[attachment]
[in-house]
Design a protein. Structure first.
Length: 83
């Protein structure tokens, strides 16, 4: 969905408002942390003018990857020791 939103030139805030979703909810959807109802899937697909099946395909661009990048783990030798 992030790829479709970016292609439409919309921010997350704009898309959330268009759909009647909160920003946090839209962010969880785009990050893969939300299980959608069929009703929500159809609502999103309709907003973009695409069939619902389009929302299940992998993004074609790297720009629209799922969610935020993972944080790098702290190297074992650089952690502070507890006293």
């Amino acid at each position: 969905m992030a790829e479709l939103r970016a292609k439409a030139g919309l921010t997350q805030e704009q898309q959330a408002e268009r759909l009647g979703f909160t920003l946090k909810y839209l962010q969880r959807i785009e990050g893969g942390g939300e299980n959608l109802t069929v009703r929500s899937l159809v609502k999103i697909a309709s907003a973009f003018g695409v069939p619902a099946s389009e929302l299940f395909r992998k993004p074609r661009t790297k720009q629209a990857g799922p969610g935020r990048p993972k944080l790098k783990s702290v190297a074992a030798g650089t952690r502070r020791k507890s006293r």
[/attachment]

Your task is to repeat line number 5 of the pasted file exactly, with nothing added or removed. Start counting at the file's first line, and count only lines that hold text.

């Amino acid at each position: 969905m992030a790829e479709l939103r970016a292609k439409a030139g919309l921010t997350q805030e704009q898309q959330a408002e268009r759909l009647g979703f909160t920003l946090k909810y839209l962010q969880r959807i785009e990050g893969g942390g939300e299980n959608l109802t069929v009703r929500s899937l159809v609502k999103i697909a309709s907003a973009f003018g695409v069939p619902a099946s389009e929302l299940f395909r992998k993004p074609r661009t790297k720009q629209a990857g799922p969610g935020r990048p993972k944080l790098k783990s702290v190297a074992a030798g650089t952690r502070r020791k507890s006293r």